The first building block is readily available by a methodology developed by Lhommet et al. Reaction of ester 1 with (S)-phenylglycinol yielded oxazolidine 2 which was hydrogenated to give piperidine 3. The yields are not reported but considering the original publication about 40 % yield can be achieved.

The linchpin was synthesized starting from monoprotected diol 4 which was converted to iodide 5 and dithiane 6 which alkylation with 7 to give acetal 8. 5 and 8 were coupled and the aldehyde and alcohol were freed with dilute HCl in acetone. [3]

 Scheme 2

Treatment of ester 3 with lithiated phosphonate and Boc protection of the naked amine gave ketone 10 [4]. HWE reaction with linchpin 9 under Masamune-Roush conditions and subsequent DMP oxidation furnished aldehyde 11. After some model studies the group found that a TMS-prolinol catalyst gave highest yields and enantiomeric excess on a multigram scale. In a one-pot procedure the aldehyde was converted to unsaturated ester 12. Base induced cyclization, amine deprotection, and lactamization yielded tetracycle 13 in moderate yield. Nevertheless it was found that the wrong isomer had been formed together with complete inversion of the stereocenter next to the amine.

Scheme 3

 

Obviously the (E)-configured ester gave the wrong stereochemistry in the Michael addition step, so the group proceeded from 11a through a Still-Gennari modified HWE to give again under Masamune-Roush conditions ester 14. Boc deprotection and this time sodium methanolate induced cyclization did the job. Under these conditions the lactamization occurred to give 15. The keto group in 15 was removed under standard conditions by formation of the vinyl triflate which was reductively removed in the presence of Pd and formic acid as the hydrogen source. Stereoselective alkylation of the lactam was followed by dithiane removal, reduction, and oxidative cleavage of the exo-methylene group to give GB17.

Scheme 4

 

To explain the stereochemistry in the organocatalytic step I would propose the following transition state. Enamine formation of the prolinol ether should lead to the transition state with the least steric interactions. [5] McMillan’s catalyst or proline gave much lower ee values.

 Scheme 5

 

The outcome of the cyclization step can be explained considering the transition states shown below. In structure 12 steric interactions between the large Boc group and the ester force the double bond into an axial position. Alternatively without the Boc group and with a (Z)-double bond the ester group is equtorial so steric interactions can be minimized in the conformer shown.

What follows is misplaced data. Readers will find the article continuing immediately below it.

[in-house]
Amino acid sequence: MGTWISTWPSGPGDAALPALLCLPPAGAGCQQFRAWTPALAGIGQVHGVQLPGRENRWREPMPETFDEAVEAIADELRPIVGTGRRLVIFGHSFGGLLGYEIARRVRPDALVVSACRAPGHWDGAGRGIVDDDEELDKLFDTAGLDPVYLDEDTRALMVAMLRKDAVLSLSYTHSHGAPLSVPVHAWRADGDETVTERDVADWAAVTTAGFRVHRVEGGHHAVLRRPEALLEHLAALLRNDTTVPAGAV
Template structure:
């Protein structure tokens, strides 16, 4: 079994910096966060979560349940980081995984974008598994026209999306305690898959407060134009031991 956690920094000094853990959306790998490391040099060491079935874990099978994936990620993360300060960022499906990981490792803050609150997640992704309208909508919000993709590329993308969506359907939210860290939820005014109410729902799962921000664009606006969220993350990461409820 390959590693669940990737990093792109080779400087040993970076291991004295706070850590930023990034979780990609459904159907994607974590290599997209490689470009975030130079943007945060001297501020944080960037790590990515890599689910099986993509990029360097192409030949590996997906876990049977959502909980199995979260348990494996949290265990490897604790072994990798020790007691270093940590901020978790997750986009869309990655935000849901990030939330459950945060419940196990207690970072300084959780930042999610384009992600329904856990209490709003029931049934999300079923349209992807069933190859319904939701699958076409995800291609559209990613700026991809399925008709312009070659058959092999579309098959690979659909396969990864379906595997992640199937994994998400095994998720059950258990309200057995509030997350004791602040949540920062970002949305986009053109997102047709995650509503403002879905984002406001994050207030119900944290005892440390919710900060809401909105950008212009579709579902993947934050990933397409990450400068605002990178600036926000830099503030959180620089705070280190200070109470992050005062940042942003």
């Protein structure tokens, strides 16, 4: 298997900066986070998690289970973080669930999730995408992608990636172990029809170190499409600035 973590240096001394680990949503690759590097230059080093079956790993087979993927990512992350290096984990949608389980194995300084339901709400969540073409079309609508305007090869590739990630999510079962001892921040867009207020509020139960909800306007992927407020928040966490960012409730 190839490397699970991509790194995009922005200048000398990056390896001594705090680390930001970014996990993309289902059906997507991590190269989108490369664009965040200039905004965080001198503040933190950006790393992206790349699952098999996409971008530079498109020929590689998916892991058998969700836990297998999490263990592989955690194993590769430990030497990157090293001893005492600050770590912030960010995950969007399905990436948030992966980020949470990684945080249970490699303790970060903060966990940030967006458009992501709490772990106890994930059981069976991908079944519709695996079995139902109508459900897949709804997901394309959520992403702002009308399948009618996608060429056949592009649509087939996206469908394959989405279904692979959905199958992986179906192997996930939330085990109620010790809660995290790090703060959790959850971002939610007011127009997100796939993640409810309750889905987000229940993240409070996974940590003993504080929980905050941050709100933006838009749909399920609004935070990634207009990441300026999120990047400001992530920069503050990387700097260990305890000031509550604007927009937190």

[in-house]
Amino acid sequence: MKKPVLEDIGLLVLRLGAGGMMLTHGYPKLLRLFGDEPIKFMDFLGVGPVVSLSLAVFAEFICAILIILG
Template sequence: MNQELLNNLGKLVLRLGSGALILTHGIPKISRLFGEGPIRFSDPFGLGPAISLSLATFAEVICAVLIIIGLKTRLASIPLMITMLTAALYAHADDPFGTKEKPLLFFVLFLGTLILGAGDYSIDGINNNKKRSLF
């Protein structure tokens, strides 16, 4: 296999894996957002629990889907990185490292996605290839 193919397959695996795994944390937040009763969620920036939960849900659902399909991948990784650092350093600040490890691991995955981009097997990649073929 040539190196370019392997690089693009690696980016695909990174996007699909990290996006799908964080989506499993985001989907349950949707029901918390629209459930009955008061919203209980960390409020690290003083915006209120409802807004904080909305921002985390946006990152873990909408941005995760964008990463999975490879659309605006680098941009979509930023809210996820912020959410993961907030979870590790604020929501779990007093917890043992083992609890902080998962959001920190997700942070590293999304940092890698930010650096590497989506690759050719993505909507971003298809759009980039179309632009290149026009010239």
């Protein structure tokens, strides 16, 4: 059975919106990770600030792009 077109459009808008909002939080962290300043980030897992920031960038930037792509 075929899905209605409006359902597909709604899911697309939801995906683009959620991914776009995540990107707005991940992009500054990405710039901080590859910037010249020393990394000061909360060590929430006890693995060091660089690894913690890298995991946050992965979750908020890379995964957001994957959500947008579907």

Scheme 6

And as usual THX to Bobby for proofreading.

[1] DOI: http://dx.doi.org/10.1016/j.tet.2005.05.079

The specificity of the reduction step can be explained by looking at the particular bonds which are reduced. 1) The enamine bond is reduced stereoselectively by facial differentiation from the Re face. 2) The aminal opens up to an imine which is again reduced to the amine. 3) The auxiliary is cleaved off.

[2] DOI: http://dx.doi.org/10.1021/ja055740s

[3] Have a look at BRSM’s blog for a sweet discusison on linchpins…

[4] Interestingly the group protected the amine after the BuLi chemistry which results in the usage of > 2 eq of lithiated phosphonate. Maybe earlier Boc-protection gave racemisation through DoM-chemistry with some help from the Boc group. Racemization was later found to occur in the presence of tBuOK.

[5] The group stated that the dithiane protecting group was essential for the reactivity of the substrate. Without this group almost no transformation was observed. Considering the great Thorpe-Ingold effect of this protecting group it might be an explanation.

Enantioselective Total Synthesis of (+)-Conicol via Cascade Three-Component Organocatalysis

Enantioselective Total Synthesis of (+)-Conicol via Cascade

Three-Component Organocatalysis

Bor-Cherng Hong, Prakash Kotame, Chih-Wei Tsai, and Ju-Hsiou Liao

DOI: http://dx.doi.org/10.1021/ol902840x

This time some organocatalysis already published last year by a group based in Taiwan. Though not a spectacular paper I liked the first few steps and so reviewed it.

Conicol belongs to the class of meroterpenoids which were isolated from higher plants and recently from marine organisms. And as usually with these marine stuff it exhibits some cytotoxic effects against human cancer cells .

The key steps of the synthesis are a TMS-prolinol catalyzed enantioselective alkylation/Michael addition reaction followed by another Michael addition/aldol condensation to build the backbone of the whole molecule in almost 2 steps.

Additionally these two single pot sequences can be combined to one protocol giving the product in 55% yield with > 99% ee.

Scheme 1:

Scheme 2:

As mentioned above these sequences were combined to one very successful procedure. If you’re interested in the whole story have a look in here: http://dx.doi.org/10.1016/j.tetlet.2008.11.106

With all stereocenters and the carbon skeleton in hand only a few modifications were needed to give (+)-Conicol:

Scheme 3:

A decarbonylation reaction with Wilkinson catalyst was followed by double bond reduction with palladium on charcoal. Interestingly the nitro function is stable under these conditions.

Next the dimethylacetal was cleaved with hydrochloric acid, which results in elimination of the nitro function too, and an old school Wolff Kishner reduction gave Didehydroconicol.

Going on from the key intermediate the acetal was cleaved under milder conditions without causing elimination of the nitro function. This was done with DABCO, the aldehyde reduced, acetylated and eliminated under Birch conditions to give (+)-Conicol in 5% overall yield over 9 steps in the longest linear sequence.

Scheme 4:

I didn’t manage to publish this in january, sorry for that, but I’m just on the next paper so maybe I finish 3 reviews in February to keep my average of 2 reviews per month.